New York Mayor Connects Obesity and Smoking


"Obesity will kill more people than smoking in the next couple of years," New York City Mayor Michael Bloomberg told ABC's Diane Sawyer.
New York Mayor Michael Bloomberg connected super-sized sugary drink and cigarettes as harmful products a day after an EthicsDaily.com editorial said the nation needed an obesity campaign akin to the health campaign waged against smoking.

The big difference was that the mayor of the Big Apple made the big three television nightly news programs, sparking a national conversation – a conversation in which smoking and obesity are linked.

"I think the big question tonight is 'Is sugar the new tobacco?' because scientists have said for a long time that sugar is addicting and should be regulated," said Nancy Snyderman, a medical doctor and NBC News Chief Medical Editor.

She told anchor Matt Lauer, "The question will be not only is it the new tobacco, but will other municipalities ... say 'You know what, controversial but brave and we're going to do the same thing.'"

On "ABC World News with Diane Sawyer," Bloomberg said, "In New York City, smoking deaths are down to 7,000 a year from something in the 20s. Obesity deaths are at 5,000 and skyrocketing."

He told Sawyer, "Obesity will kill more people than smoking in the next couple of years."

In 2003, Bloomberg led bans on smoking in restaurants and sugary drinks in public schools. In 2008, he led the charge banning trans-fats in restaurants.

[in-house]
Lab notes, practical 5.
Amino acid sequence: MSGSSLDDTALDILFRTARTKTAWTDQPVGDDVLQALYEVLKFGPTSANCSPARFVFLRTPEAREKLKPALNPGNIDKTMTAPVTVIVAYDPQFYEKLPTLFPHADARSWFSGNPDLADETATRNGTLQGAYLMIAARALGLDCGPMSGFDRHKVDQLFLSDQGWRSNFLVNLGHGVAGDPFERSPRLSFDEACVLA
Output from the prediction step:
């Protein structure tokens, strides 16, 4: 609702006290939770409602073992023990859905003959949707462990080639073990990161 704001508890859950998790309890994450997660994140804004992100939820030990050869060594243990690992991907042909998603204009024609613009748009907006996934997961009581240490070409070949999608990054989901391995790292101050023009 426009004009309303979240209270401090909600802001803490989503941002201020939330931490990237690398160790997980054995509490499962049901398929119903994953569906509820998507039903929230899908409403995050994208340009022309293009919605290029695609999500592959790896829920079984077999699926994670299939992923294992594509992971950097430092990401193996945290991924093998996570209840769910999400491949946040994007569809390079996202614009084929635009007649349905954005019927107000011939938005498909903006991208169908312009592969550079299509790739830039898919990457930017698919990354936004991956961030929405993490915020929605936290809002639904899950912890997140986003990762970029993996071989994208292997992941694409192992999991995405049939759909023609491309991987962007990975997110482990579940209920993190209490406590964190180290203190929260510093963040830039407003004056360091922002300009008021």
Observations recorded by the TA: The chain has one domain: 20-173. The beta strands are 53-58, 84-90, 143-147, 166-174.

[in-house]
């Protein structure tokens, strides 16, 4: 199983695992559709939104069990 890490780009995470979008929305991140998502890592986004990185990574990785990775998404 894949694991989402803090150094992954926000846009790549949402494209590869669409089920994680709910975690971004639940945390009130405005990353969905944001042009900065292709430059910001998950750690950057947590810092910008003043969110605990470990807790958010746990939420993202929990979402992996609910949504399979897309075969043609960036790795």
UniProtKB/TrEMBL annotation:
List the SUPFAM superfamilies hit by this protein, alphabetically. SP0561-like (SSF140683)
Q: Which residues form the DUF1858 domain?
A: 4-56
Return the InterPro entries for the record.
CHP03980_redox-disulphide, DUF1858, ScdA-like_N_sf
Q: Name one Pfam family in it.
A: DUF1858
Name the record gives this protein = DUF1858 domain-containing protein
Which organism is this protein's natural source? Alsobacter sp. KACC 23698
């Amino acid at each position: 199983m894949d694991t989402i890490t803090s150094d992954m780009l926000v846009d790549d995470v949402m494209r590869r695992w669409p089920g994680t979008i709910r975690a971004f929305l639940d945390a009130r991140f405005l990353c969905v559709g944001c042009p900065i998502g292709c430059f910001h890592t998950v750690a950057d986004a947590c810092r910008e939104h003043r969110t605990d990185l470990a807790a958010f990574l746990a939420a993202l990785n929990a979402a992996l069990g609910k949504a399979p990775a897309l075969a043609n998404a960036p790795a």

A "CBS Evening News" story began, "New York Mayor Michael Bloomberg is proposing a ban on soft drinks larger than 16 ounces. It was Bloomberg who got cigarettes banned in all buildings including bars and offices."

When "Today's" Matt Lauer cited the next day an overnight online poll in which respondents said the ban of big soda drinks would not work, Bloomberg replied, "Where did I hear this before? Wasn't it smoking wasn't going to work. Today it's one of the best things we've ever done. Deaths from smoking dramatically coming down across the country. Virtually every city has adopted smoking ordinances."

"The real difference, however, between smoking and full-sugared drinks or obesity, is that in the case of smoking, it's not clear that one cigarette doesn't cause cancer," said Bloomberg. "In the case of full-sugared drinks in moderation, it's fine."

Bloomberg proposal would ban super-large sugary-sodas sold in the city's movie theaters, restaurants and stadiums, affecting some 20,000 establishments, reported the New York Post.

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Tags: EthicsDaily Staff, Food, Michael Bloomberg, Obesity, Smoking


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